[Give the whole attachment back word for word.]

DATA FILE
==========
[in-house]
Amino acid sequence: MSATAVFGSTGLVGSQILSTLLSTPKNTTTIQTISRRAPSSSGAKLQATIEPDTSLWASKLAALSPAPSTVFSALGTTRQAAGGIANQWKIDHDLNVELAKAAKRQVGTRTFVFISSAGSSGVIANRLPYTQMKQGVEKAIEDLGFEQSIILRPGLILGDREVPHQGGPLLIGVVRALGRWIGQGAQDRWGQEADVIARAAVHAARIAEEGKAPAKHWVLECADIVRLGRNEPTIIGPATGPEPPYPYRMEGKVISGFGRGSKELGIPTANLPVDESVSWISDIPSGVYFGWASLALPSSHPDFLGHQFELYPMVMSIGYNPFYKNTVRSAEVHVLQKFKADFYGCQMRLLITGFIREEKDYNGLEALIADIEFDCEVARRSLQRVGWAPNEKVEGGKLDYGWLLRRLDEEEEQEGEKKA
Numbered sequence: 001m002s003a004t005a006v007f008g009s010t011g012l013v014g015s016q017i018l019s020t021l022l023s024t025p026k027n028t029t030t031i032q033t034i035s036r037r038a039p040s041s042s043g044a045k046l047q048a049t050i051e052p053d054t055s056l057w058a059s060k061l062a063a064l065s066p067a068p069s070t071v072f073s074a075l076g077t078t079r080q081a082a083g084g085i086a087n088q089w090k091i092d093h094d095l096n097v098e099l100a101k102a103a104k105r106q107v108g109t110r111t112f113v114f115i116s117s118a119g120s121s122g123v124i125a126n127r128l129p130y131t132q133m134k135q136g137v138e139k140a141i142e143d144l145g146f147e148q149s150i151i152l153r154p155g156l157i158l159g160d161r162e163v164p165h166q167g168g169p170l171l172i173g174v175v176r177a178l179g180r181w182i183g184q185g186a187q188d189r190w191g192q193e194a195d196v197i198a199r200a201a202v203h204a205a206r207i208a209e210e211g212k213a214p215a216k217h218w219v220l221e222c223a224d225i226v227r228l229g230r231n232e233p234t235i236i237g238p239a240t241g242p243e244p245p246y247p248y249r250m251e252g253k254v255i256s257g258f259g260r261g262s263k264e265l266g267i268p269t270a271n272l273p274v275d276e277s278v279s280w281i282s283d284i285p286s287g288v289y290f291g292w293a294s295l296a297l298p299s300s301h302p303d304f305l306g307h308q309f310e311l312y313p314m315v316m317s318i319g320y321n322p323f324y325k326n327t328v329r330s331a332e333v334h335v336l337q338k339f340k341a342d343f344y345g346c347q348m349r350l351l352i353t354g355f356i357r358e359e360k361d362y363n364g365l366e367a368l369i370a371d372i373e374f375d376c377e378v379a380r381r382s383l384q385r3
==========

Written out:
[in-house]
Amino acid sequence: MSATAVFGSTGLVGSQILSTLLSTPKNTTTIQTISRRAPSSSGAKLQATIEPDTSLWASKLAALSPAPSTVFSALGTTRQAAGGIANQWKIDHDLNVELAKAAKRQVGTRTFVFISSAGSSGVIANRLPYTQMKQGVEKAIEDLGFEQSIILRPGLILGDREVPHQGGPLLIGVVRALGRWIGQGAQDRWGQEADVIARAAVHAARIAEEGKAPAKHWVLECADIVRLGRNEPTIIGPATGPEPPYPYRMEGKVISGFGRGSKELGIPTANLPVDESVSWISDIPSGVYFGWASLALPSSHPDFLGHQFELYPMVMSIGYNPFYKNTVRSAEVHVLQKFKADFYGCQMRLLITGFIREEKDYNGLEALIADIEFDCEVARRSLQRVGWAPNEKVEGGKLDYGWLLRRLDEEEEQEGEKKA
Numbered sequence: 001m002s003a004t005a006v007f008g009s010t011g012l013v014g015s016q017i018l019s020t021l022l023s024t025p026k027n028t029t030t031i032q033t034i035s036r037r038a039p040s041s042s043g044a045k046l047q048a049t050i051e052p053d054t055s056l057w058a059s060k061l062a063a064l065s066p067a068p069s070t071v072f073s074a075l076g077t078t079r080q081a082a083g084g085i086a087n088q089w090k091i092d093h094d095l096n097v098e099l100a101k102a103a104k105r106q107v108g109t110r111t112f113v114f115i116s117s118a119g120s121s122g123v124i125a126n127r128l129p130y131t132q133m134k135q136g137v138e139k140a141i142e143d144l145g146f147e148q149s150i151i152l153r154p155g156l157i158l159g160d161r162e163v164p165h166q167g168g169p170l171l172i173g174v175v176r177a178l179g180r181w182i183g184q185g186a187q188d189r190w191g192q193e194a195d196v197i198a199r200a201a202v203h204a205a206r207i208a209e210e211g212k213a214p215a216k217h218w219v220l221e222c223a224d225i226v227r228l229g230r231n232e233p234t235i236i237g238p239a240t241g242p243e244p245p246y247p248y249r250m251e252g253k254v255i256s257g258f259g260r261g262s263k264e265l266g267i268p269t270a271n272l273p274v275d276e277s278v279s280w281i282s283d284i285p286s287g288v289y290f291g292w293a294s295l296a297l298p299s300s301h302p303d304f305l306g307h308q309f310e311l312y313p314m315v316m317s318i319g320y321n322p323f324y325k326n327t328v329r330s331a332e333v334h335v336l337q338k339f340k341a342d343f344y345g346c347q348m349r350l351l352i353t354g355f356i357r358e359e360k361d362y363n364g365l366e367a368l369i370a371d372i373e374f375d376c377e378v379a380r381r382s383l384q385r3